On Monday, the first general elections since December 2007 were held in Kenya. In 2007, the Kenyan election resulted in weeks of bloodshed, making this election an important push for political peace. These elections are also the first held under the new constitution passed during the 2010 referendum designed to avoid violence. Millions of Kenyans arrived at polling stations to cast ballots and vote for their representatives, members of parliament, governors, senators, and president. Running for President are Prime Minister Raila Odinga and Deputy Prime Minister Uhuru Kenyatta. Kenyatta along with his running mate William Ruto are facing trial by the International Criminal Court for crimes against humanity, accused of organizing the riots that took place in the 2007 Kenyan election.
In the minds of every Kenyan election is the violence that occurred in 2007. After incumbent President Mwai Kibaki was re-elected, riots erupted all over Kenya. Supporters of the opposition candidate, Raila Odinga, were enraged by allegations that the election was rigged by supporters of Kibaki. Ethnic violence erupted between members of the Kikuyu, Kibaki’s tribe, and the Luo and Kalenjin tribes, as opposed to the Kikuyu. Eventually, an agreement was reached wherein Kibaki would hold the position of President and Opposition leader Raila Odinga would be Prime Minister. Up to 1,000 Kenyans were killed and 600,000 displaced during the riots which lasted for more than a week. In light of the violence caused by the disputed and controversial election of five years ago, Kenyatta, Ruto, and other major politicians have urged voters to “keep the peace.”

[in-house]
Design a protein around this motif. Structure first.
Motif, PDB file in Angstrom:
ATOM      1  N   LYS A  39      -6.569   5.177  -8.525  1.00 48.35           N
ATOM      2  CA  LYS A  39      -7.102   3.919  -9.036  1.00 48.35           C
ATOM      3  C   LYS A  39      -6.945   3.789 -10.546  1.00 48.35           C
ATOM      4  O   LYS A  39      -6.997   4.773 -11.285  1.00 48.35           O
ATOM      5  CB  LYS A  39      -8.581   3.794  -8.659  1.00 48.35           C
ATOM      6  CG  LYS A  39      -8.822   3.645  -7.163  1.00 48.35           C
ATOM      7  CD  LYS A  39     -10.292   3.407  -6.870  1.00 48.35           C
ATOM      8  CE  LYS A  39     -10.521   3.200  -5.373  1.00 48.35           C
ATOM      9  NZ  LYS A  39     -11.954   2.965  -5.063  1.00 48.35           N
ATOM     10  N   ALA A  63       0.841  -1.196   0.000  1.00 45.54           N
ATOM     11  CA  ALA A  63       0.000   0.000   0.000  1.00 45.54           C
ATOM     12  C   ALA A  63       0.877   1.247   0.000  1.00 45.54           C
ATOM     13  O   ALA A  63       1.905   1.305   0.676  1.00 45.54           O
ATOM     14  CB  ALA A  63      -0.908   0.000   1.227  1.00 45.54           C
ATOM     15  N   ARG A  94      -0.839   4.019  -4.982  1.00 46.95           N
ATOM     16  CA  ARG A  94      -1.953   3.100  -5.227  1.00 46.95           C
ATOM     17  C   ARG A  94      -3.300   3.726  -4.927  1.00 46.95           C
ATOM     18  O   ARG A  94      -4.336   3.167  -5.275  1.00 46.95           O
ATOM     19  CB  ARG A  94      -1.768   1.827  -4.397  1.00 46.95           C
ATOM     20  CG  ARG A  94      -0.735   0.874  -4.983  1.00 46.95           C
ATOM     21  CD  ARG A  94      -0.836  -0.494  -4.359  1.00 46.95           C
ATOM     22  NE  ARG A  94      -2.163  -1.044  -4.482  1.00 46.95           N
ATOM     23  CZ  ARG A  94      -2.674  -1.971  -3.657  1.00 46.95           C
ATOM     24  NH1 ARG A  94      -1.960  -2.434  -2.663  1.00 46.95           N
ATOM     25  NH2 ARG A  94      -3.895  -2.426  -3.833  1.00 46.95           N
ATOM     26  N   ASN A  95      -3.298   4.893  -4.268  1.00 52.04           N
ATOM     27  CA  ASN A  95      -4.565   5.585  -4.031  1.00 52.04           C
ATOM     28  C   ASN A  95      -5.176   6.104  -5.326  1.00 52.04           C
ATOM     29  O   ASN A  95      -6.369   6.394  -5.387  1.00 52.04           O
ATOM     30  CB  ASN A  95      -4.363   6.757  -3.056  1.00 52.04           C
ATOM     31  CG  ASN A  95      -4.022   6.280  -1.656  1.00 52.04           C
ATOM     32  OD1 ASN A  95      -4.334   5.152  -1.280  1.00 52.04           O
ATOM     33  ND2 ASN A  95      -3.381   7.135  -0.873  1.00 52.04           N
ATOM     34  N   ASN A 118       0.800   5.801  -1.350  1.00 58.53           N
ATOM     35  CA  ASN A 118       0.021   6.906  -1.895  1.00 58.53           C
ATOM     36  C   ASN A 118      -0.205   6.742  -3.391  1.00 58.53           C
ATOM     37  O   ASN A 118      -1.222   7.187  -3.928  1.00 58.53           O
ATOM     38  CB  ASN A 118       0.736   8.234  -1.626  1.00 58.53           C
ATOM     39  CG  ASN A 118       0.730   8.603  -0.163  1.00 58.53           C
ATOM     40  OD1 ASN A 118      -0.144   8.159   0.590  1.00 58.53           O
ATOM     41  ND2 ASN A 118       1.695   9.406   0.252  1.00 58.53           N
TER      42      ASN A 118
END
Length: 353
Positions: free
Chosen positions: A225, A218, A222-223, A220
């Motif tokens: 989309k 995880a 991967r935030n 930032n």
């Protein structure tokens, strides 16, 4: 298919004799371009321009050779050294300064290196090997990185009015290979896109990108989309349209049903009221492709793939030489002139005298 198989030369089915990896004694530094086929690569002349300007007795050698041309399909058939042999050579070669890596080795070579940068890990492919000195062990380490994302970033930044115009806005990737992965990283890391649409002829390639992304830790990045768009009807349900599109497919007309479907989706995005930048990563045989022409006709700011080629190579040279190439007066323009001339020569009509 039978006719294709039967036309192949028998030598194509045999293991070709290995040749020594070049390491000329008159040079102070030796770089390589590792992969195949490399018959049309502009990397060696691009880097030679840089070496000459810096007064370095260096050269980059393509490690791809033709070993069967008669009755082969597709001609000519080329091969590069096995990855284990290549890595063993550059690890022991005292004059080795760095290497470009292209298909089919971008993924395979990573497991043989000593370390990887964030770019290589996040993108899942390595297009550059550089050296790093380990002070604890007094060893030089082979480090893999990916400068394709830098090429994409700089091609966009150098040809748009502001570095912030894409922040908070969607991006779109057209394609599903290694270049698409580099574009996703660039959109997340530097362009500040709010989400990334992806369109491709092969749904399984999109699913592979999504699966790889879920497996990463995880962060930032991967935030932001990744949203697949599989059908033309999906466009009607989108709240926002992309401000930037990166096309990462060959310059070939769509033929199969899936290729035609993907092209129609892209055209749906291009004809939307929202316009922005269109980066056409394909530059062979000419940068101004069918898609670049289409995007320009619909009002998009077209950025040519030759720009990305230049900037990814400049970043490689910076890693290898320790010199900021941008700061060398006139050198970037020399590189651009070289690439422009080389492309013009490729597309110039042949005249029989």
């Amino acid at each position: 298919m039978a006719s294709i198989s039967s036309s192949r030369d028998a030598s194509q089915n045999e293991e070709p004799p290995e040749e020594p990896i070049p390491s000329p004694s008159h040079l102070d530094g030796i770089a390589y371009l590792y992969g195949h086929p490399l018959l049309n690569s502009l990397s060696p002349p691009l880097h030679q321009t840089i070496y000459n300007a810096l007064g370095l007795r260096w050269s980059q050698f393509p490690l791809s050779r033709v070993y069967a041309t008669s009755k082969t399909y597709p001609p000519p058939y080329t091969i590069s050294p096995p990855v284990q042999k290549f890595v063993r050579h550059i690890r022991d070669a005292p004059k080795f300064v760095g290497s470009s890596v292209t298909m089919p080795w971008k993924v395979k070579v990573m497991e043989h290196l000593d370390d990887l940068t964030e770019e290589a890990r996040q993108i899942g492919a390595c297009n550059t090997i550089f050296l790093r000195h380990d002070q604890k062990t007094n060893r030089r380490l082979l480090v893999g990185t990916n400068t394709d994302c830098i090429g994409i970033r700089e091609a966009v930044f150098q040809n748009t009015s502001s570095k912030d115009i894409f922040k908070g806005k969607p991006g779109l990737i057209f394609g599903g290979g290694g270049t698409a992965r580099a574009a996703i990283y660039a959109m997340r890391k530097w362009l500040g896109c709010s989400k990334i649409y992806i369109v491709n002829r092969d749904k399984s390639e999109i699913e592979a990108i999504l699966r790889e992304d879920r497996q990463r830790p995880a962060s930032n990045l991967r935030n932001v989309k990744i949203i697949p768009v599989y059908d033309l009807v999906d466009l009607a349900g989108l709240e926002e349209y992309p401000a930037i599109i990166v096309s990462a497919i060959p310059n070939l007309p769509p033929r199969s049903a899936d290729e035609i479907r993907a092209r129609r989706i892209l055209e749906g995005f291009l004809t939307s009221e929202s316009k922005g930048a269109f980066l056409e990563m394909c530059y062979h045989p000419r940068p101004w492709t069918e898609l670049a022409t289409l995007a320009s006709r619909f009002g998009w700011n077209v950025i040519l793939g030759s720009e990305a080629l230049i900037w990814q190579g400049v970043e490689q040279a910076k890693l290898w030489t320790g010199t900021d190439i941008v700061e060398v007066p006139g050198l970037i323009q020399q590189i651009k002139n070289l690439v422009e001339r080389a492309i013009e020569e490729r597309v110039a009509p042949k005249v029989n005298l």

In preparation for this recent election, people stocked up on supplies, food, and fuel, in case of riots did break out. Stores were closed and the roads were empty of cars. People strayed from ethnically-mixed urban areas fearing violence. There was a heavy security presence with trucks of police patrolling polling stations. Unfortunately, the day was not without some incidents of violence. In Kilifi, Mandera, and Changamwe, several people, civilians and police officers alike, were killed. A group of armed men attacked a police post in Mombasa killing at least ten people, including two police officers. The separatist Mombasa Republican Council has denied accusations that they were responsible for organizing some of these attacks. It is uncertain whether the violence that did break out is connected to voting. Police were critiqued as being “ill-prepared” for violence that occurred near polling stations.
The weather was hot and the voting process was slow with faulty biometric voting kits at some stations causing delays. In Nairobi and Kibera, lines stretched for more than a kilometer and people waited up to nine hours in sweltering heat complaining about the slow process to cast their vote. Despite these technical glitches and occurrences of violence, the underlying theme seemed to be the determination of the Kenyan population to cast their votes. People began lining up at five in the morning, an hour before polls opened, and many of the 30,000 polling stations remained open an hour after the official closing times with long lines of people refusing to leave until they vote. At two in the morning in Kisumu, people were blowing vuvuzelas, an alarm to call people to the polling stations early. Thousands were already in line at four in the morning, two hours before the poll opened. This election was commented as being the most complicated election that Kenya ever held, but also one of the most peaceful. It was a vast improvement from the process of the previous election that showed many discrepancies.
Last Monday truly was a “historic day” for Kenya. In Kibera, a man was seen painting “Peace Wanted Alive” on the walls and roads. “We have been waiting for this for the past five years,” said Anthony Wachira, a Kenyan who had been waiting in line for hours to vote. “Above everything we want to vote for peace.”
– Rafael Panlilio